Political theory is simple. When elected officials work together to find solutions to the impasses facing the nation, the people of America are better served.
When you think that bipartisanship is beyond life support, the Problem Solvers Caucus offers some renewed hope.
They have taken on the coronavirus, immigration, and gun safety. In April, they put out a report focused on infrastructure and then reached out to top officials, including Speaker Pelosi, Senators Schumer, McCarthy, and McConnell, Secretary Buttigieg, and the White House. The goal is to address the challenges of interrelated concerns. Roads, airports, railways, water and sewage systems, the power grid, energy, communications, and broadband availability are all on the agenda.
Reading through the comments of various caucus participants, it’s clear that they are aware of the desire for “common ground” in a “deeply divided and polarized country.” Rep. Dean Phillips (D-MN) stated his desire to ignite optimism, “elevating the best ideas from both sides of the aisle.” Rep. Debbie Dingell (D-MI) is a member of the Energy & Commerce and the Natural Resources Committees. She asserted: “Too often we retreat to our familiar corners to talk with people who think like us, unwilling to engage with those with different views. Our responsibility in Congress is larger than that.”
The report to the 117th Congress, titled “Rebuilding America’s Infrastructure,” takes on what is qualified as “the current backlog of deferred maintenance” facing the country. Before putting forth solutions, the findings emphasize that America hasn’t “kept pace” with upgrading our national infrastructure—a result of “underinvestment.” The country is lagging behind other nations in this area. Worse yet, financial projections show that the “funding gap” to correct this could hit $2 trillion in four years.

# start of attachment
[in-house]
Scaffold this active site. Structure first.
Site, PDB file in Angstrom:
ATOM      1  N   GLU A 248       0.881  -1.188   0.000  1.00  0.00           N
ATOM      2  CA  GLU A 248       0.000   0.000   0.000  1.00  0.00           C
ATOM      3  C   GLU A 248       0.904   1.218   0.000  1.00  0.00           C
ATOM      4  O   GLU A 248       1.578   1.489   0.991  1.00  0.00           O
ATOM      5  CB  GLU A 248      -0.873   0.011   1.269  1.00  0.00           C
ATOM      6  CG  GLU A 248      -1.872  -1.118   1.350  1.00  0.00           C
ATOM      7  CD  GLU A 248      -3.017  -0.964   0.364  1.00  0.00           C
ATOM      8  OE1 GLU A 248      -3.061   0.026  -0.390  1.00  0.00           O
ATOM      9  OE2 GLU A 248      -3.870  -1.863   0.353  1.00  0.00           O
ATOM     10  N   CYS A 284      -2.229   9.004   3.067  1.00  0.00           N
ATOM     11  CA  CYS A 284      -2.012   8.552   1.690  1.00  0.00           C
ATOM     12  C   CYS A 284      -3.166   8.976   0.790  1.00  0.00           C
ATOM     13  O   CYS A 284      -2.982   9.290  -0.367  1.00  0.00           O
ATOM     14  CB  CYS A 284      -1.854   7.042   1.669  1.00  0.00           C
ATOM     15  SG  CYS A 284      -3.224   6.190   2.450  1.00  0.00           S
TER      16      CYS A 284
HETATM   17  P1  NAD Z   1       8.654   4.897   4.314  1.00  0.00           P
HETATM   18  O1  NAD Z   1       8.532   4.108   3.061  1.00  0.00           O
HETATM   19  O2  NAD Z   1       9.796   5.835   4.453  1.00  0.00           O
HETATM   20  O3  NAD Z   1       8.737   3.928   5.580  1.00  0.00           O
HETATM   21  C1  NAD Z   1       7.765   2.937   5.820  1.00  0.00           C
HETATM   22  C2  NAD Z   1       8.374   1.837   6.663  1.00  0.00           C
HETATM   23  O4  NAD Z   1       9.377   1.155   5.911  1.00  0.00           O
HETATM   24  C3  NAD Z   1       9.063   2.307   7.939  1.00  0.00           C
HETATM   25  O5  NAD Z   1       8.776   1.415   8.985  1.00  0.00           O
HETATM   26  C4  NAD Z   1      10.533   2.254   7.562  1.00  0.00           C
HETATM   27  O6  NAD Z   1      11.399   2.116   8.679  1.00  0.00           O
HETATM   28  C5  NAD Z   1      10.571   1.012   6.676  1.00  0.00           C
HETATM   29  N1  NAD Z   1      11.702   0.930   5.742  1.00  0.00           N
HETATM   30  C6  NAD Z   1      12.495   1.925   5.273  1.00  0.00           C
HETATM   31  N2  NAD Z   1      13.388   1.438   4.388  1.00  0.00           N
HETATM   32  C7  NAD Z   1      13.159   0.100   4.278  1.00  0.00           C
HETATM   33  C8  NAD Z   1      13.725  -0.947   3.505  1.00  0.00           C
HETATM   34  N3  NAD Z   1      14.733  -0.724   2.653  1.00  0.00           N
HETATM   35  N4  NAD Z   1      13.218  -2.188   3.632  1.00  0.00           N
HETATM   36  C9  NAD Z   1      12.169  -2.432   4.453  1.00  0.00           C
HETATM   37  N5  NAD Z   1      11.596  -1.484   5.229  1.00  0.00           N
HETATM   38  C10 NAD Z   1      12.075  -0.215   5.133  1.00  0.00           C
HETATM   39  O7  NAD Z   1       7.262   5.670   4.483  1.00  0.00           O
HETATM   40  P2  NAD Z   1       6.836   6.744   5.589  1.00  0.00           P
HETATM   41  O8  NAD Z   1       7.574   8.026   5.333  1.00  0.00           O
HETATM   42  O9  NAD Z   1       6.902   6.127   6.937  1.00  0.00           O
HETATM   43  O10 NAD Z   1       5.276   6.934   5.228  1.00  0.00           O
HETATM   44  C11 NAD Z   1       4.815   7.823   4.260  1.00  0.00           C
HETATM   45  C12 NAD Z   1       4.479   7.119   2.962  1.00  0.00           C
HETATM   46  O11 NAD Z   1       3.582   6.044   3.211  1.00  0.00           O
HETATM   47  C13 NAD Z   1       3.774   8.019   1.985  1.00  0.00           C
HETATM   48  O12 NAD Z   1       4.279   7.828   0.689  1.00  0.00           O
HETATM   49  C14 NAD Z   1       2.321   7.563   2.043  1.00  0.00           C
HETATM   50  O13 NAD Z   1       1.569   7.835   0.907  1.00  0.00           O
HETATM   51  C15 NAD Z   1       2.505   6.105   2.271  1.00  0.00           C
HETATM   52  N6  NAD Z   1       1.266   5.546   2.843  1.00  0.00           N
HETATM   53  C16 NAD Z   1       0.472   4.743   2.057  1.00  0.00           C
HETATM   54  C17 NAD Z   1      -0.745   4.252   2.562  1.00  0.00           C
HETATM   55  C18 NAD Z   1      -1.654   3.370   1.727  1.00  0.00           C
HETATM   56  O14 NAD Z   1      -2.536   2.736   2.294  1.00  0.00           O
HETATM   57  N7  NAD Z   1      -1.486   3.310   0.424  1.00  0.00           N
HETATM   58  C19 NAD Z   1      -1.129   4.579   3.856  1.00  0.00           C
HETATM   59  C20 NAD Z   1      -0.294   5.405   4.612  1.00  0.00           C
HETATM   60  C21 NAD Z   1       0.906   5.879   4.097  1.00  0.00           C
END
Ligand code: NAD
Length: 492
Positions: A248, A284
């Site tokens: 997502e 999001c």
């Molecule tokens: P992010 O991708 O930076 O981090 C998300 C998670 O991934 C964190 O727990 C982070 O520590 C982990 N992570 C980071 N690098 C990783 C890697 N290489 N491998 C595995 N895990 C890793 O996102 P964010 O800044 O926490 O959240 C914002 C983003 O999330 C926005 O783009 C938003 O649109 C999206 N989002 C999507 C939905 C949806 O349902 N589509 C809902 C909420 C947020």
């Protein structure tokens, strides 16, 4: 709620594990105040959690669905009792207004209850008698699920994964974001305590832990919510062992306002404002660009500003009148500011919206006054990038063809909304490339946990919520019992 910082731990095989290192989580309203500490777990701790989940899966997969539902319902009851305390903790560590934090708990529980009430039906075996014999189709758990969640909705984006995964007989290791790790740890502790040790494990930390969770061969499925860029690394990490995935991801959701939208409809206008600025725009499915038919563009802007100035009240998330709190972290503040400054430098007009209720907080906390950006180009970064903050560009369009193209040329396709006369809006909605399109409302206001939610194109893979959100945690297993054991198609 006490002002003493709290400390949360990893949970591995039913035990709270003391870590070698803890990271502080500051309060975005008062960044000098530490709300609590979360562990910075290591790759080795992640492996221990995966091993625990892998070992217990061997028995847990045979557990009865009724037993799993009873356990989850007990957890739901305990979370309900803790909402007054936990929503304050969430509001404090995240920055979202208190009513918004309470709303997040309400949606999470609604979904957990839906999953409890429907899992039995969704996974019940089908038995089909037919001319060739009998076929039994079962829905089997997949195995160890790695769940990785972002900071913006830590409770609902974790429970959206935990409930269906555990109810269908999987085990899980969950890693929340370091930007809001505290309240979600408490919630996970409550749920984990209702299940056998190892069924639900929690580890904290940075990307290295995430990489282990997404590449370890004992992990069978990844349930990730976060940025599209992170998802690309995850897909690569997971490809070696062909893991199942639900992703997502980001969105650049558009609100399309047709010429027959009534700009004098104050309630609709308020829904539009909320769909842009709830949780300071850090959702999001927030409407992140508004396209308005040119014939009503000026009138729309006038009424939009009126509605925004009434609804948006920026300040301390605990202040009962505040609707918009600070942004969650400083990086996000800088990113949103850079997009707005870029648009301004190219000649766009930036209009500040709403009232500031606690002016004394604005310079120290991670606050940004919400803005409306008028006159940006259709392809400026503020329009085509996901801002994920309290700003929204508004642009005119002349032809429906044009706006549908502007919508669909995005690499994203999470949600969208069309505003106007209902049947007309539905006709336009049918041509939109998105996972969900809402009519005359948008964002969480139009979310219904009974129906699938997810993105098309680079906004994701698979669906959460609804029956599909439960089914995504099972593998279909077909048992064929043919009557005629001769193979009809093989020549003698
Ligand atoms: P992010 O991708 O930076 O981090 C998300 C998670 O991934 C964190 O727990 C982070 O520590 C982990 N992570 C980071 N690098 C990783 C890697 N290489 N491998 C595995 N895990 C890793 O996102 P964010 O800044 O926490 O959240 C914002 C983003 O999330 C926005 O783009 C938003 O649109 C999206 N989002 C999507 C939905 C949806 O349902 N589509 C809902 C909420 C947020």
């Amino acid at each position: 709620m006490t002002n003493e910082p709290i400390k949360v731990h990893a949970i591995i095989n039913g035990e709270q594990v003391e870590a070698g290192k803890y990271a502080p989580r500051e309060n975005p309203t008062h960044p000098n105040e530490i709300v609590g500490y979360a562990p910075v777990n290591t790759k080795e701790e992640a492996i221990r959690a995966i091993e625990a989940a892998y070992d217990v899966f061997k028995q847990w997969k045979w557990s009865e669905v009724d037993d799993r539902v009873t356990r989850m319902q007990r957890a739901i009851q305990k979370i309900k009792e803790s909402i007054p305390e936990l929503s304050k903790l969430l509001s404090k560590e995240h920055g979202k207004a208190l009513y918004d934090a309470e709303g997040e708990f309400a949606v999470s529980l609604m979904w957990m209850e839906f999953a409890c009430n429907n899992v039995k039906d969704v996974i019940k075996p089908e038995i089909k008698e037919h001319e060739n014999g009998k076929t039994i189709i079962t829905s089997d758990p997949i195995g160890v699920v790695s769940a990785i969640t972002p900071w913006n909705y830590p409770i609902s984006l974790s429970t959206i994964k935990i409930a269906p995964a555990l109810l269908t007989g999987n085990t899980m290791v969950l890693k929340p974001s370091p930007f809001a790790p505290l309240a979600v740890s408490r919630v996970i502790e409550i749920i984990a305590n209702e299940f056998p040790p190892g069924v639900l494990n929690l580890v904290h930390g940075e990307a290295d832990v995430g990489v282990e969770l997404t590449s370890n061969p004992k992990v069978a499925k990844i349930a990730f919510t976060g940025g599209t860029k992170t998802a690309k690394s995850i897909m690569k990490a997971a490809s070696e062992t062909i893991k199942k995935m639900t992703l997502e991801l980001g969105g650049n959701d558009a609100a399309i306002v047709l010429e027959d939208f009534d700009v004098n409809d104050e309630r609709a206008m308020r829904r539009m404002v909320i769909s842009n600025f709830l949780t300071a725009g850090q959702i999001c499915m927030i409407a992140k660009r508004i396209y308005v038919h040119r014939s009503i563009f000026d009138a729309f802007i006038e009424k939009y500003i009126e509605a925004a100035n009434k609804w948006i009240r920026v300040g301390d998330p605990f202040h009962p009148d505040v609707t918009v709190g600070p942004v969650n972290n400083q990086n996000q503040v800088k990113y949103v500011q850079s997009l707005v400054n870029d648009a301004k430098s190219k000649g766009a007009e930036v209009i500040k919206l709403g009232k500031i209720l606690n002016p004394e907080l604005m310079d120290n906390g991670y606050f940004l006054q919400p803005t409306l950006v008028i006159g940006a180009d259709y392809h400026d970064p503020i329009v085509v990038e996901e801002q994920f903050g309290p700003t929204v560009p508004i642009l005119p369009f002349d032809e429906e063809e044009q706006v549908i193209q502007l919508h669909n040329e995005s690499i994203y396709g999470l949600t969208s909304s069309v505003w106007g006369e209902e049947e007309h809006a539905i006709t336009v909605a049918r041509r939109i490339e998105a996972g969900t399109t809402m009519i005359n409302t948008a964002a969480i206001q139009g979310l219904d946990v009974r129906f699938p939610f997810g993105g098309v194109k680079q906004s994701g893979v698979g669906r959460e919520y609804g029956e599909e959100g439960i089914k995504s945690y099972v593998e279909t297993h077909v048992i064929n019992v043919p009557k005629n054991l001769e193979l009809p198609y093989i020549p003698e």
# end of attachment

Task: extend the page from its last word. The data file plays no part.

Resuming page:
The beginning of the presentation highlights how climate change impacts the systems the country depends upon. Red tape and political gridlock get underscored as part of the problem. Most significantly, the premise that “environmental protections” need to be baked into the equation is a significant recognition of the challenges at hand.
As I reviewed the different sections of the material, I noted the spotlight on making sure that veterans and “historically underserved populations” would be tapped to be part of the workforce. These equity issues are directly culled from the ideas of the Green New Deal, championed by Sen. Ed Markey and Rep. Alexandria Ocasio-Cortez.
There is also a nod to “resiliency measures,” an acknowledgment of the damage to foundational elements of our communities from climate-driven disasters, including wildfires, floods, and hurricanes.
The good news is that there is an overlap between Representatives who have introduced legislation that Moms Clean Air Force strongly supports and members of the Problem Solvers Caucus.
Rep. Dingell is one of the legislators who co-sponsored the THRIVE Agenda (Transform, Heal, and Renew by Investing in a Vibrant Economy). The resolution understands that there is a nexus between the climate crisis and other vital factors. Back in February, she said:
“A nation facing unprecedented crises must respond with intentional, intersectional policies that can combat climate change, end the COVID-19 pandemic, empower working families, and address racial and economic inequities. The THRIVE Agenda will guide us as we mobilize on a transformative mission to bring justice and healing to our communities. With a broad coalition of colleagues, advocates, and activists, we will save our environment and achieve the racial and economic equity that our nation demands.”
The seas and temperatures continue to rise, and the climate crisis continues to impact our children’s health. Now is the time for our legislators to continue the job we voted them into office to do: come together to address the climate crisis and move America into a cleaner and healthier future.